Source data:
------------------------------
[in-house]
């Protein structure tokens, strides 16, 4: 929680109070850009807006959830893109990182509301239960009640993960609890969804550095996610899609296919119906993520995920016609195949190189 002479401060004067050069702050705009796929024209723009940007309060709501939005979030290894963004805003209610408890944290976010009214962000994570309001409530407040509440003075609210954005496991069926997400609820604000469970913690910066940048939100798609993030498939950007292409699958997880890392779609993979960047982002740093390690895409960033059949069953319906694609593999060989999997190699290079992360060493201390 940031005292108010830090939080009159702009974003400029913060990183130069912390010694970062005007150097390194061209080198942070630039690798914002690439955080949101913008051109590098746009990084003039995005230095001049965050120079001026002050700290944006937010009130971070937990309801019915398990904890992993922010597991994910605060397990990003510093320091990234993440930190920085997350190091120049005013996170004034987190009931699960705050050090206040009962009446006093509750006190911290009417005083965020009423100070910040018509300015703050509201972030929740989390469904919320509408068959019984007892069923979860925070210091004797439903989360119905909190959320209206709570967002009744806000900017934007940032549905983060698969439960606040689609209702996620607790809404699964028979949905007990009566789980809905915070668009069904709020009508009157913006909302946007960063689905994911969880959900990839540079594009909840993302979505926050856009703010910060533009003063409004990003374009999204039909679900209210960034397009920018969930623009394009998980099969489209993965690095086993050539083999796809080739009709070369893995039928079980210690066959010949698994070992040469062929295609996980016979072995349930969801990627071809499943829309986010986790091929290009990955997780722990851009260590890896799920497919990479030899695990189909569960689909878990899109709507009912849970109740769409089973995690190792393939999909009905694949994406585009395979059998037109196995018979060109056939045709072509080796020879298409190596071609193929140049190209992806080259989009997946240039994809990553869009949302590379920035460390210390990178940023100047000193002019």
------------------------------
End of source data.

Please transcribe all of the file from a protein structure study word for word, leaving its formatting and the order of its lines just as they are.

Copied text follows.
[in-house]
């Protein structure tokens, strides 16, 4: 929680109070850009807006959830893109990182509301239960009640993960609890969804550095996610899609296919119906993520995920016609195949190189 002479401060004067050069702050705009796929024209723009940007309060709501939005979030290894963004805003209610408890944290976010009214962000994570309001409530407040509440003075609210954005496991069926997400609820604000469970913690910066940048939100798609993030498939950007292409699958997880890392779609993979960047982002740093390690895409960033059949069953319906694609593999060989999997190699290079992360060493201390 940031005292108010830090939080009159702009974003400029913060990183130069912390010694970062005007150097390194061209080198942070630039690798914002690439955080949101913008051109590098746009990084003039995005230095001049965050120079001026002050700290944006937010009130971070937990309801019915398990904890992993922010597991994910605060397990990003510093320091990234993440930190920085997350190091120049005013996170004034987190009931699960705050050090206040009962009446006093509750006190911290009417005083965020009423100070910040018509300015703050509201972030929740989390469904919320509408068959019984007892069923979860925070210091004797439903989360119905909190959320209206709570967002009744806000900017934007940032549905983060698969439960606040689609209702996620607790809404699964028979949905007990009566789980809905915070668009069904709020009508009157913006909302946007960063689905994911969880959900990839540079594009909840993302979505926050856009703010910060533009003063409004990003374009999204039909679900209210960034397009920018969930623009394009998980099969489209993965690095086993050539083999796809080739009709070369893995039928079980210690066959010949698994070992040469062929295609996980016979072995349930969801990627071809499943829309986010986790091929290009990955997780722990851009260590890896799920497919990479030899695990189909569960689909878990899109709507009912849970109740769409089973995690190792393939999909009905694949994406585009395979059998037109196995018979060109056939045709072509080796020879298409190596071609193929140049190209992806080259989009997946240039994809990553869009949302590379920035460390210390990178940023100047000193002019």